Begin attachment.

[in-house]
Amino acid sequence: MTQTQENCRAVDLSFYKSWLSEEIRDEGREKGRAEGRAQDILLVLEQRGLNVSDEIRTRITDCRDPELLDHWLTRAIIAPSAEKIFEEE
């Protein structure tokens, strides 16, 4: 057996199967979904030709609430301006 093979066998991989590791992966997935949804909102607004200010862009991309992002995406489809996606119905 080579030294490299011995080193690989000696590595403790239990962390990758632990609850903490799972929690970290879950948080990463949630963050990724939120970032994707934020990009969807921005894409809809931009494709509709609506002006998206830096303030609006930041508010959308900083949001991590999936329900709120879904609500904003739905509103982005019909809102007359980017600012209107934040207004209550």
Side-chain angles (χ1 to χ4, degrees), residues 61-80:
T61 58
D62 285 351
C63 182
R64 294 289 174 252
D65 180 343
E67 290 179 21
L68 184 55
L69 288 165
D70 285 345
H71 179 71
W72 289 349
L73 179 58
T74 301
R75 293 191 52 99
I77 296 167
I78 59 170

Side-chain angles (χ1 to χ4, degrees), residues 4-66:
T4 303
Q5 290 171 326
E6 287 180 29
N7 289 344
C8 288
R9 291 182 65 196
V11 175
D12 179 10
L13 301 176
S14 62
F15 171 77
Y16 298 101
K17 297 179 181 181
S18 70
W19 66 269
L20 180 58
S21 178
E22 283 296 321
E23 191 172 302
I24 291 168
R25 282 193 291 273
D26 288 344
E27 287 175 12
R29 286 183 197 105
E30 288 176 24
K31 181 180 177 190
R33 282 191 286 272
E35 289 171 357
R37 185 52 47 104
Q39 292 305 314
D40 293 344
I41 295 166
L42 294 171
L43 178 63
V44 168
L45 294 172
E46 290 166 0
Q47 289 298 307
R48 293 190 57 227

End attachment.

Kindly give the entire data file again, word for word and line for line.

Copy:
[in-house]
Amino acid sequence: MTQTQENCRAVDLSFYKSWLSEEIRDEGREKGRAEGRAQDILLVLEQRGLNVSDEIRTRITDCRDPELLDHWLTRAIIAPSAEKIFEEE
């Protein structure tokens, strides 16, 4: 057996199967979904030709609430301006 093979066998991989590791992966997935949804909102607004200010862009991309992002995406489809996606119905 080579030294490299011995080193690989000696590595403790239990962390990758632990609850903490799972929690970290879950948080990463949630963050990724939120970032994707934020990009969807921005894409809809931009494709509709609506002006998206830096303030609006930041508010959308900083949001991590999936329900709120879904609500904003739905509103982005019909809102007359980017600012209107934040207004209550």
Side-chain angles (χ1 to χ4, degrees), residues 61-80:
T61 58
D62 285 351
C63 182
R64 294 289 174 252
D65 180 343
E67 290 179 21
L68 184 55
L69 288 165
D70 285 345
H71 179 71
W72 289 349
L73 179 58
T74 301
R75 293 191 52 99
I77 296 167
I78 59 170

Side-chain angles (χ1 to χ4, degrees), residues 4-66:
T4 303
Q5 290 171 326
E6 287 180 29
N7 289 344
C8 288
R9 291 182 65 196
V11 175
D12 179 10
L13 301 176
S14 62
F15 171 77
Y16 298 101
K17 297 179 181 181
S18 70
W19 66 269
L20 180 58
S21 178
E22 283 296 321
E23 191 172 302
I24 291 168
R25 282 193 291 273
D26 288 344
E27 287 175 12
R29 286 183 197 105
E30 288 176 24
K31 181 180 177 190
R33 282 191 286 272
E35 289 171 357
R37 185 52 47 104
Q39 292 305 314
D40 293 344
I41 295 166
L42 294 171
L43 178 63
V44 168
L45 294 172
E46 290 166 0
Q47 289 298 307
R48 293 190 57 227